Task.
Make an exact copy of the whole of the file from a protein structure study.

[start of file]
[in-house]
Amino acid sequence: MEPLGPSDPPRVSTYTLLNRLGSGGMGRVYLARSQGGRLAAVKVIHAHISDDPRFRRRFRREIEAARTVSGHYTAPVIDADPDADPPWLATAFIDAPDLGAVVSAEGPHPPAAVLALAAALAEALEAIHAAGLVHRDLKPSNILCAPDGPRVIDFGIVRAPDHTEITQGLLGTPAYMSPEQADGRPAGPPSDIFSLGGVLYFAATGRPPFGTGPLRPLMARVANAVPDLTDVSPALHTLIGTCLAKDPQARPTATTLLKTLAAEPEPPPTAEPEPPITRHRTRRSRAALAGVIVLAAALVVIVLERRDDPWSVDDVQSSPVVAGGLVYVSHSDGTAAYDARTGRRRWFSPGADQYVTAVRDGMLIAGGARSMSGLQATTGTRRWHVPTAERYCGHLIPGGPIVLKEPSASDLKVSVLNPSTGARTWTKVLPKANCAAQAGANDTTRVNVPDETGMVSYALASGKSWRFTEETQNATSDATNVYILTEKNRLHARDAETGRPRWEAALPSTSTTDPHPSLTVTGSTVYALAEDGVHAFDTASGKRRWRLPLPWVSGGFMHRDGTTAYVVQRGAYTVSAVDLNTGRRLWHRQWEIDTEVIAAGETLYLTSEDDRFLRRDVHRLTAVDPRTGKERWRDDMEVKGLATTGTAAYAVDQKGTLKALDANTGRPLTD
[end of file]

[in-house]
Amino acid sequence: MEPLGPSDPPRVSTYTLLNRLGSGGMGRVYLARSQGGRLAAVKVIHAHISDDPRFRRRFRREIEAARTVSGHYTAPVIDADPDADPPWLATAFIDAPDLGAVVSAEGPHPPAAVLALAAALAEALEAIHAAGLVHRDLKPSNILCAPDGPRVIDFGIVRAPDHTEITQGLLGTPAYMSPEQADGRPAGPPSDIFSLGGVLYFAATGRPPFGTGPLRPLMARVANAVPDLTDVSPALHTLIGTCLAKDPQARPTATTLLKTLAAEPEPPPTAEPEPPITRHRTRRSRAALAGVIVLAAALVVIVLERRDDPWSVDDVQSSPVVAGGLVYVSHSDGTAAYDARTGRRRWFSPGADQYVTAVRDGMLIAGGARSMSGLQATTGTRRWHVPTAERYCGHLIPGGPIVLKEPSASDLKVSVLNPSTGARTWTKVLPKANCAAQAGANDTTRVNVPDETGMVSYALASGKSWRFTEETQNATSDATNVYILTEKNRLHARDAETGRPRWEAALPSTSTTDPHPSLTVTGSTVYALAEDGVHAFDTASGKRRWRLPLPWVSGGFMHRDGTTAYVVQRGAYTVSAVDLNTGRRLWHRQWEIDTEVIAAGETLYLTSEDDRFLRRDVHRLTAVDPRTGKERWRDDMEVKGLATTGTAAYAVDQKGTLKALDANTGRPLTD